Radar | May 26,2021
December 19 , 2021
By Mariana Mazzucato ( is professor in the Economics of Innovation & Public Value at University College London. ) , Ilona Kickbusch ( is founder and chair of the International Advisory Board of the Global Health Center at the Graduate Institute in Geneva. )
It beggars belief, but it is true: In the midst of the COVID-19 crisis, the member states of the World Health Organisation (WHO) are still pondering whether, and by how much, they should increase their regular financial contributions to the organisation, whose work continues to save lives within and beyond their borders.
While some may think the WHO is sufficiently financed, the opposite is true. The WHO’s budget structure cripples and undermines its mandate to act as the world’s principal international public-health organisation. Less than 20pc of the WHO’s budget comes from regular fees (“assessed contributions”) paid by member states. The heavy reliance on voluntary contributions by member states and other funders severely hampers the WHO’s ability to work on its core activities, leaves it vulnerable to political pressures, and skews its priorities toward individual countries’ preferences.
The acute need to support the WHO’s critical work to overcome the pandemic crisis and achieve “Health for All” is self-evident, as is the organisation’s indispensable leadership role in health globally. The WHO is the most important global coordination mechanism for preparing for and responding to pandemics and other health threats, providing a vital public good that serves all countries. It is therefore imperative that member states support the proposals from a WHO working group to reform the organization’s financing, including increasing assessed contributions as a share of its budget from 16pc to 50pc.
Improving both the quantity and quality of financing for the WHO is a matter of global urgency. Member states waste no time paying lip service to the WHO’s relevance. But how well it can deliver is predicated on how well it is financed. And as we note in our work for the WHO’s Council on the Economics of Health for All, finance is not neutral: the type of finance available affects the allocation and, ultimately, the outcome of investments.
Strengthening the WHO provides the best return on investment for health. Billions are being proposed – such as by the G20 High-Level Independent Panel on Financing the Global Commons for Pandemic Preparedness & Response – to set up and finance new global health-security institutions that cannot guarantee broad political buy-in, especially from the Global South. There simply is no logical reason why member states should place heavy bets on a new venture that might not gain broad support over-investing in their existing organisation, which most certainly can deliver more if funded accordingly.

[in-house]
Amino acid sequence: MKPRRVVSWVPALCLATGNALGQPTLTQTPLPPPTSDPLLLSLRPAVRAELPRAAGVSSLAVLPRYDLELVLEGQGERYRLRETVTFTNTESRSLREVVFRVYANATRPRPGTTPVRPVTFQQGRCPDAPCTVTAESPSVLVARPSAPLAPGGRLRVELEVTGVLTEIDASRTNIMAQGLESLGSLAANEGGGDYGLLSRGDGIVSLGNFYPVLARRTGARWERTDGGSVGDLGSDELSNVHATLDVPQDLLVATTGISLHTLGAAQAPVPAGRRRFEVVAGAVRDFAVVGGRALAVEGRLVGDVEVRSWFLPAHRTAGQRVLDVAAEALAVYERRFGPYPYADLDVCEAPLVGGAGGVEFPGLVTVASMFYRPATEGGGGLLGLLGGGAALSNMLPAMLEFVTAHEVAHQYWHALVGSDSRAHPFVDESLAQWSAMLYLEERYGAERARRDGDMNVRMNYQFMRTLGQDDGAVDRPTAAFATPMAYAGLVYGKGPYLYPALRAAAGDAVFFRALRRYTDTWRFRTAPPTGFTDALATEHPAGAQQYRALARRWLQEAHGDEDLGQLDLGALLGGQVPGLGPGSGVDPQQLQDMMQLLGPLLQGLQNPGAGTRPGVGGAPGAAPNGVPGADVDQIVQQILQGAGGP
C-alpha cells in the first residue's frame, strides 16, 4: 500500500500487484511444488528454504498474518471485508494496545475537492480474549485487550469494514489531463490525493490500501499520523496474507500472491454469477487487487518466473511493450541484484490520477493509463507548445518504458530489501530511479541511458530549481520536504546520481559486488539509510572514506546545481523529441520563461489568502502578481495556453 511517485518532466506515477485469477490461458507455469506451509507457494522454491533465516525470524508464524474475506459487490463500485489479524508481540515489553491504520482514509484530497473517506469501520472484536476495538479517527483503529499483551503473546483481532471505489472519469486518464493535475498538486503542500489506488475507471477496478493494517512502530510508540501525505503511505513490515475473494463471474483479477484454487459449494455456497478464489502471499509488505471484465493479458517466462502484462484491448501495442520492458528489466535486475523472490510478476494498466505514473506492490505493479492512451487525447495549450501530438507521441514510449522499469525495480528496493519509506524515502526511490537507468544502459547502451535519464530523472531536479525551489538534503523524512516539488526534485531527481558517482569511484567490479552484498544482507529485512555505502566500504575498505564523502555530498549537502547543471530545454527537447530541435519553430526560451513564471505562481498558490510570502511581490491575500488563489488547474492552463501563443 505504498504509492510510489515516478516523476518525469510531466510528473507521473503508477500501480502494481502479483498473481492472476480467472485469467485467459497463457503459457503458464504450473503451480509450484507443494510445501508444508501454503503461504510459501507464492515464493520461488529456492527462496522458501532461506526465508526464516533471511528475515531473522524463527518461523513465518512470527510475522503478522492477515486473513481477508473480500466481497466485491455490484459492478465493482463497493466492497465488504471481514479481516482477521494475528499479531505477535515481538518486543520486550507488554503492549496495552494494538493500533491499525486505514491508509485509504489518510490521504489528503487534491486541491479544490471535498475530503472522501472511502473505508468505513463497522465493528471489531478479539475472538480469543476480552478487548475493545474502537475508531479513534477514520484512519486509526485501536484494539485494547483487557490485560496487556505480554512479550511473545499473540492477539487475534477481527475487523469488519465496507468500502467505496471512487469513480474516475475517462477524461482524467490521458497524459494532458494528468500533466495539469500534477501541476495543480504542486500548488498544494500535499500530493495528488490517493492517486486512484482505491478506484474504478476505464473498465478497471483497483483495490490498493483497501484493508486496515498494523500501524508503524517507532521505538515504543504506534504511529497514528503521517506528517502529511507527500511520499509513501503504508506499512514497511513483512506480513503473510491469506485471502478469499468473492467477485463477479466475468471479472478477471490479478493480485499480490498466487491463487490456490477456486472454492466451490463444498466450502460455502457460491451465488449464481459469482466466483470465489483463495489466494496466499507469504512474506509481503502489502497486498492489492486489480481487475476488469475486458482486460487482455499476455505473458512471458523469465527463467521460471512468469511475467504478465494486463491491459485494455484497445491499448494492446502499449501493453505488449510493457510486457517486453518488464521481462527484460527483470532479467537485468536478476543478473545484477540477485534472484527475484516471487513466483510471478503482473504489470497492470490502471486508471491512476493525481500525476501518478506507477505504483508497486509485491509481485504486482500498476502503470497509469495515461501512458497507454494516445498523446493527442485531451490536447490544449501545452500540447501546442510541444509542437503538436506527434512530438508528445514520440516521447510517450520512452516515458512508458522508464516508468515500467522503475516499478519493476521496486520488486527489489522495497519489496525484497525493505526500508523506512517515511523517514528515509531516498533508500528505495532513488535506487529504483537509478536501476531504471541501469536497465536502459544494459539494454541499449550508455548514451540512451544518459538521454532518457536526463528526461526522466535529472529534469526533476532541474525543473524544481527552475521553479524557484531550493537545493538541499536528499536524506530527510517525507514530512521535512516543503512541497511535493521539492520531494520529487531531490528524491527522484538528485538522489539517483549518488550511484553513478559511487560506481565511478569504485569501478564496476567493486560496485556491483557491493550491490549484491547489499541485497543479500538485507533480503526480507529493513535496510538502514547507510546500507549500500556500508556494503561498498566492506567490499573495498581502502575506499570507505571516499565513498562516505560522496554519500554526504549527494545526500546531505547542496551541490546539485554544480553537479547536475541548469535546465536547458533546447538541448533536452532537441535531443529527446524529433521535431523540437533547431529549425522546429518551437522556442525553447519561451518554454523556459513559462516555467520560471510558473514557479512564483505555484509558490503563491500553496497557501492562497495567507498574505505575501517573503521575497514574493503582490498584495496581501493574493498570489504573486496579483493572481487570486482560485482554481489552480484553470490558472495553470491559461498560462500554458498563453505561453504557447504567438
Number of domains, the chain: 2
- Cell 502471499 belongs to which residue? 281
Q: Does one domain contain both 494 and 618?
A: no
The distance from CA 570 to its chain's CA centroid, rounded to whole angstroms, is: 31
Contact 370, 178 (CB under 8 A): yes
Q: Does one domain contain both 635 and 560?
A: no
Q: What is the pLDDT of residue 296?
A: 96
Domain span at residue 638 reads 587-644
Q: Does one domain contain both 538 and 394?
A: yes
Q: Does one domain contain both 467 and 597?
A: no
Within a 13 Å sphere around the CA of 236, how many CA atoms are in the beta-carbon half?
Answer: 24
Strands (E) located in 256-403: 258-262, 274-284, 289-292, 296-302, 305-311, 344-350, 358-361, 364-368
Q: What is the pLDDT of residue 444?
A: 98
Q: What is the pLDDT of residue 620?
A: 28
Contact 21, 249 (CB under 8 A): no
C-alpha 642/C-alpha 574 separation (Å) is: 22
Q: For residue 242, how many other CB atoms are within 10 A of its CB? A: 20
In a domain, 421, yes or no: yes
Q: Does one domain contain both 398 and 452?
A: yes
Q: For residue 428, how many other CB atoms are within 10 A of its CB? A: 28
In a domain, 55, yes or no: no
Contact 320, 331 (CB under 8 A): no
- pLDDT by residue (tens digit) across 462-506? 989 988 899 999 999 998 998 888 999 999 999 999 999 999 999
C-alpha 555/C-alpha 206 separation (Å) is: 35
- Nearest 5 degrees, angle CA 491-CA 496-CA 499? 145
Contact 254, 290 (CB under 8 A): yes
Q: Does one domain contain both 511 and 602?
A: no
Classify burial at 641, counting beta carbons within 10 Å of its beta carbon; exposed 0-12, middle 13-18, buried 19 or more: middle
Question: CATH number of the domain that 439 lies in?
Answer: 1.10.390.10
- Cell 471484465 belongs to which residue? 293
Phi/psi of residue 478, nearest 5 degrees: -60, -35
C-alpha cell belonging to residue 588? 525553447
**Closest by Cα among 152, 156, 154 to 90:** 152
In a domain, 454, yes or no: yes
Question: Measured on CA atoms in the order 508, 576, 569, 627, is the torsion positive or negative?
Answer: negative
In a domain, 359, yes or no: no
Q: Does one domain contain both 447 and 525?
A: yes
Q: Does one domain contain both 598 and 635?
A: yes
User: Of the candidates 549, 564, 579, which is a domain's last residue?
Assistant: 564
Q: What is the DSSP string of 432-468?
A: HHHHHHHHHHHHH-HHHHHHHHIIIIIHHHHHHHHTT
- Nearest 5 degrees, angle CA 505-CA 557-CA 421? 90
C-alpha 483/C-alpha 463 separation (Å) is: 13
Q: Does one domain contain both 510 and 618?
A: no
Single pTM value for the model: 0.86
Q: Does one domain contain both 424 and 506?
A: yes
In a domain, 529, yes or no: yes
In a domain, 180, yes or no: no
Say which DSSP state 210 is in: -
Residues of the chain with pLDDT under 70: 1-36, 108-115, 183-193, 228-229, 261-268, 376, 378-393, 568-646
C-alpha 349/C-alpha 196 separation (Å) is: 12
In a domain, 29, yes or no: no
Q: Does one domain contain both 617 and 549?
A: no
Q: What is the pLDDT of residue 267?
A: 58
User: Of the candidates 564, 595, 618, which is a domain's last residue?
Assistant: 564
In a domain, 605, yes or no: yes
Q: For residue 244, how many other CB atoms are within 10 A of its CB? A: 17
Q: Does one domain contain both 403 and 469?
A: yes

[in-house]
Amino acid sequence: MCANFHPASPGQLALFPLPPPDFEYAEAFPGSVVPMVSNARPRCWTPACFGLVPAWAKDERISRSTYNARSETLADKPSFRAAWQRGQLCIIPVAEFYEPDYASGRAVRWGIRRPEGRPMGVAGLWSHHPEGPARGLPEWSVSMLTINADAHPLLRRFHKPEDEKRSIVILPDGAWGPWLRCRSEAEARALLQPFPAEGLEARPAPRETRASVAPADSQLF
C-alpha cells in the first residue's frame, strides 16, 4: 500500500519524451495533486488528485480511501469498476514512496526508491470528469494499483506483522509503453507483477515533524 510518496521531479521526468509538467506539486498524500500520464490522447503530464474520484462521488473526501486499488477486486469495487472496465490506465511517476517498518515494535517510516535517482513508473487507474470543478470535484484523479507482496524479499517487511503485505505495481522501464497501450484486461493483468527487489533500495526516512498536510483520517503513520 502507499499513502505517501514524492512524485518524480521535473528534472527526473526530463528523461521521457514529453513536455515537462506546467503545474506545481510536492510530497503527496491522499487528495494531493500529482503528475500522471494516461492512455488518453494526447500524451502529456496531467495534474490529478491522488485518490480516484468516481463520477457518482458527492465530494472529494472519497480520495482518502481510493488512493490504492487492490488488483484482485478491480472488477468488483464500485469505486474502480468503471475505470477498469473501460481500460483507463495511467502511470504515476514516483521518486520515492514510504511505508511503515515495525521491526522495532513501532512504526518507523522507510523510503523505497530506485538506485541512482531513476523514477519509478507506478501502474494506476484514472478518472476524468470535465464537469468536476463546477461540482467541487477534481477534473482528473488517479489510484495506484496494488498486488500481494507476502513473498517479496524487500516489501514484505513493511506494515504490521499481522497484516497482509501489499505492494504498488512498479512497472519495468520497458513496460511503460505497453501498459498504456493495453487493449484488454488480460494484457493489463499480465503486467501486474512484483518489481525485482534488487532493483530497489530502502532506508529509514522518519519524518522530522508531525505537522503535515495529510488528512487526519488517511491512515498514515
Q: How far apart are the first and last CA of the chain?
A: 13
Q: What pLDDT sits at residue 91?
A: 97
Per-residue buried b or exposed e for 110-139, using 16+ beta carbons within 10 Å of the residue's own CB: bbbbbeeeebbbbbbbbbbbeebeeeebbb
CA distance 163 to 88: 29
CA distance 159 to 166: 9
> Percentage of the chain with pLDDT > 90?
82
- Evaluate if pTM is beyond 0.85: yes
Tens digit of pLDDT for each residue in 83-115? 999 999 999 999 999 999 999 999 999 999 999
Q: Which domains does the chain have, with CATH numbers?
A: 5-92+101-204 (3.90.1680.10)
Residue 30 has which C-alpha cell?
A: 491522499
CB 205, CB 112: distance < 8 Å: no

It is simple: the greatest potential for global health solidarity lies with the WHO. Reliable financing by its owners – the 194 member countries – would make all the difference to global health cooperation and demonstrate the effectiveness of multilateral solutions to international challenges.
The time to walk the talk is now. Too many member states have long been indifferent to the need to strengthen the WHO or invest in health. It should not have been this way before COVID-19, and it should not continue being this way after the pandemic.
The hesitancy and reluctance that brought us to this point sharply contrast with the spirit and determination shown a half-century ago, when humans overcame seemingly insurmountable challenges in order to make it to the moon and back. In today’s money, President John F. Kennedy’s moonshot cost a colossal 283 billion dollars, without any guarantee of success. Of course, it did succeed, and in the process, it catalysed cross-sectoral innovation that, in time, gave the world camera phones, better home insulation, and the modern software industry.
In other words, Kennedy’s moonshot boosted economic dynamism and growth through mission-oriented innovation. In comparison, the current financing proposal would only cost all 194 WHO member states 1.2 billion dollars a year, with the certainty that it would significantly strengthen the organisation’s effectiveness. We believe it should actually be more.
Today’s moonshot must be “Health for All.” Most immediately, that means ensuring that COVID-19 vaccines are accessible globally. But it is not a moonshot for the WHO’s member states to finance their own organization so that it can do its job. That is just common sense: the WHO saves the lives of its member states’ people. We already have very affordable, practical, and straightforward solutions for global public health, including financing common goods for health; what we need now is just a fraction of the policymaking ambition we once had.
PUBLISHED ON Dec 19,2021 [ VOL 22 , NO 1129]
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